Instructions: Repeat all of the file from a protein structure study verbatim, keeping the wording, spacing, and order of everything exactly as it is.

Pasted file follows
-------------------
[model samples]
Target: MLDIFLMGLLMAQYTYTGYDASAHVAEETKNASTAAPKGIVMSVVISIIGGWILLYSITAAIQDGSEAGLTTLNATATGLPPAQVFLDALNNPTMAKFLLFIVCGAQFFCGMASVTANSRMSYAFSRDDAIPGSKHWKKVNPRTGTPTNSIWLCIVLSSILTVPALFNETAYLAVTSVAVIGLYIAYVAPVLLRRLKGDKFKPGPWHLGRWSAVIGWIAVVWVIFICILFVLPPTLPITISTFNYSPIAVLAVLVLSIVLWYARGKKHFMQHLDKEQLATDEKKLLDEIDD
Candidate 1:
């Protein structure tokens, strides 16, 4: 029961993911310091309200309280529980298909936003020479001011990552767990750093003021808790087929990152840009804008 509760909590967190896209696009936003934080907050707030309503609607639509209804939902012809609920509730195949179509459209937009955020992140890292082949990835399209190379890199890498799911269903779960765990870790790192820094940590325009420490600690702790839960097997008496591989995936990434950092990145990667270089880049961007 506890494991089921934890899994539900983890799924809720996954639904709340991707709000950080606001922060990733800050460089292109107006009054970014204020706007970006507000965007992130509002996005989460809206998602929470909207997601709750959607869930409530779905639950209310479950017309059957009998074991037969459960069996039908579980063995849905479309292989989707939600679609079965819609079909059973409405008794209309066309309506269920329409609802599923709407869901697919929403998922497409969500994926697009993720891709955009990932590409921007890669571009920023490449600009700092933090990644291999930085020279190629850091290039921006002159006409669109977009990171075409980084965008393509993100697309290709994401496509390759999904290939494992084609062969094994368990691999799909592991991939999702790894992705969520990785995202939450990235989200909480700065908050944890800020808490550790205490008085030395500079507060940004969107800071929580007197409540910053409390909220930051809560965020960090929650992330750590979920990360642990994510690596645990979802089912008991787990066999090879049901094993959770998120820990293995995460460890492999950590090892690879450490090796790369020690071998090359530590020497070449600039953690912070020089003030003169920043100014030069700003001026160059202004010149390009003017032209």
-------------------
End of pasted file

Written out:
[model samples]
Target: MLDIFLMGLLMAQYTYTGYDASAHVAEETKNASTAAPKGIVMSVVISIIGGWILLYSITAAIQDGSEAGLTTLNATATGLPPAQVFLDALNNPTMAKFLLFIVCGAQFFCGMASVTANSRMSYAFSRDDAIPGSKHWKKVNPRTGTPTNSIWLCIVLSSILTVPALFNETAYLAVTSVAVIGLYIAYVAPVLLRRLKGDKFKPGPWHLGRWSAVIGWIAVVWVIFICILFVLPPTLPITISTFNYSPIAVLAVLVLSIVLWYARGKKHFMQHLDKEQLATDEKKLLDEIDD
Candidate 1:
């Protein structure tokens, strides 16, 4: 029961993911310091309200309280529980298909936003020479001011990552767990750093003021808790087929990152840009804008 509760909590967190896209696009936003934080907050707030309503609607639509209804939902012809609920509730195949179509459209937009955020992140890292082949990835399209190379890199890498799911269903779960765990870790790192820094940590325009420490600690702790839960097997008496591989995936990434950092990145990667270089880049961007 506890494991089921934890899994539900983890799924809720996954639904709340991707709000950080606001922060990733800050460089292109107006009054970014204020706007970006507000965007992130509002996005989460809206998602929470909207997601709750959607869930409530779905639950209310479950017309059957009998074991037969459960069996039908579980063995849905479309292989989707939600679609079965819609079909059973409405008794209309066309309506269920329409609802599923709407869901697919929403998922497409969500994926697009993720891709955009990932590409921007890669571009920023490449600009700092933090990644291999930085020279190629850091290039921006002159006409669109977009990171075409980084965008393509993100697309290709994401496509390759999904290939494992084609062969094994368990691999799909592991991939999702790894992705969520990785995202939450990235989200909480700065908050944890800020808490550790205490008085030395500079507060940004969107800071929580007197409540910053409390909220930051809560965020960090929650992330750590979920990360642990994510690596645990979802089912008991787990066999090879049901094993959770998120820990293995995460460890492999950590090892690879450490090796790369020690071998090359530590020497070449600039953690912070020089003030003169920043100014030069700003001026160059202004010149390009003017032209």